Two other small ships are the Silver Shadow and the Island Spirit.
Silverseas' 392-passenger Silver Shadow, a six-star luxury vessel, is sailing a traditional ports-of-call trip. Evening meals are more formal, including some optional dress-up evenings.
The Island Spirit, a 32-passenger yacht owned and captained by Jeff Behrens, who has been sailing these waters since 1976, is the next best thing to complete freedom.
"Our goal is to get people up close and personal" to the native wildlife, says Brenda Blythe, one of the ship's relief captains.
Dress is casual, guests like the ship's comfortable family atmosphere, and the two dedicated chefs create what Blythe calls "extraordinary cuisine."
No ports-of-call, no television, no blaring music. The ship anchors overnight in quiet coves and follows the sun.
Now, that's my Alaska.
Lindblad Expeditions and National Geographic have teamed up to promote conservation and wildlife education and awareness. The Sea Bird's first 2011 Alaska itinerary, "Alaska, A Photo Adventure," sailing May 1, is one of their joint projects. National Geographic experts and award-winning photographers will be on board to enhance Lindblad's cruise experience and to help amateur photographers capture better images. The eight-day voyage is priced at $5,990 per person in a double cabin.
Travelers who book before March 31 will receive a free round-trip airfare between Seattle and Alaska, and a $500 value certificate from B&H Photo (in New York City) to buy camera equipment. Other Sea Bird sailings booked before March 31 will also receive free round-trip airfare between Seattle and Alaska.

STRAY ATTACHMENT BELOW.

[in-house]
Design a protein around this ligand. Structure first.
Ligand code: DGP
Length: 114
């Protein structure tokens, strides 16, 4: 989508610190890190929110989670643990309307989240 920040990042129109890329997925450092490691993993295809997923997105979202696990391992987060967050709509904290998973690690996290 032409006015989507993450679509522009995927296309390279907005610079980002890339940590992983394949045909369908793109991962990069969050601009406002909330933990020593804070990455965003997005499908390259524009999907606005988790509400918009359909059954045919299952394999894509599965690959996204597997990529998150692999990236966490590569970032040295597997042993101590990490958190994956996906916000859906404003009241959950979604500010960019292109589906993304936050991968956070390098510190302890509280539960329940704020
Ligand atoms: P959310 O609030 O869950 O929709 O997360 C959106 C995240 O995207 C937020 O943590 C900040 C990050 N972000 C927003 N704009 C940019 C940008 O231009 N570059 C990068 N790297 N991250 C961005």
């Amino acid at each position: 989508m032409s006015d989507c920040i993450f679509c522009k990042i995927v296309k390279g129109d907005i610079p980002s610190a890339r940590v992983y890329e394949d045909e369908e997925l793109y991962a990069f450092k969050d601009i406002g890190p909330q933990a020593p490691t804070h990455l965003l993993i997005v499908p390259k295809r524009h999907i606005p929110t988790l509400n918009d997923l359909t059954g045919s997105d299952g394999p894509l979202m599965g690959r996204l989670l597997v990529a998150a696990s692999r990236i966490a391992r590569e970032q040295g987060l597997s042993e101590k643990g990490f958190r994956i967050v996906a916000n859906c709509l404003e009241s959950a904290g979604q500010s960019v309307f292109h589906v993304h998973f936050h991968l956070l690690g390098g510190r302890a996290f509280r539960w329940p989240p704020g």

Lindblad cruises are all-inclusive except for alcoholic beverages. Tours such as helicopter rides, dog mushing, and charter-boat salmon fishing cost extra.
Most cruisers fly into Seattle or Vancouver and then fly to Juneau, Ketchikan, or Sitka.
United and US Airways fly nonstop to Seattle from Philadelphia. The lowest recent round-trip fare was about $398. Alaska Airlines flies nonstop between Seattle and Juneau; the lowest recent fare was about $625.
Most of Alaska's small-ship itineraries sail among the Inside Passage's islands and channels from Ketchikan, Glacier Bay, and Sitka.
To appreciate the immense size and complexity of this region, a detailed map is essential. I use the Alaska and Canada's Inside Passage Map by Coastal Cruise Tour Guides, $14.36, available at www.trektools.com. Buy and read it before you go.
Small-ship cruise lines
Large-ship cruise lines
Norwegian Cruise Line
Royal Caribbean International
Alaska Cruisetour Experts
Frommer's Alaska Cruises & Ports of Call provides detailed information on each port, sights, shopping, restaurants, activities and shore excursions.
- Anne Z. Cooke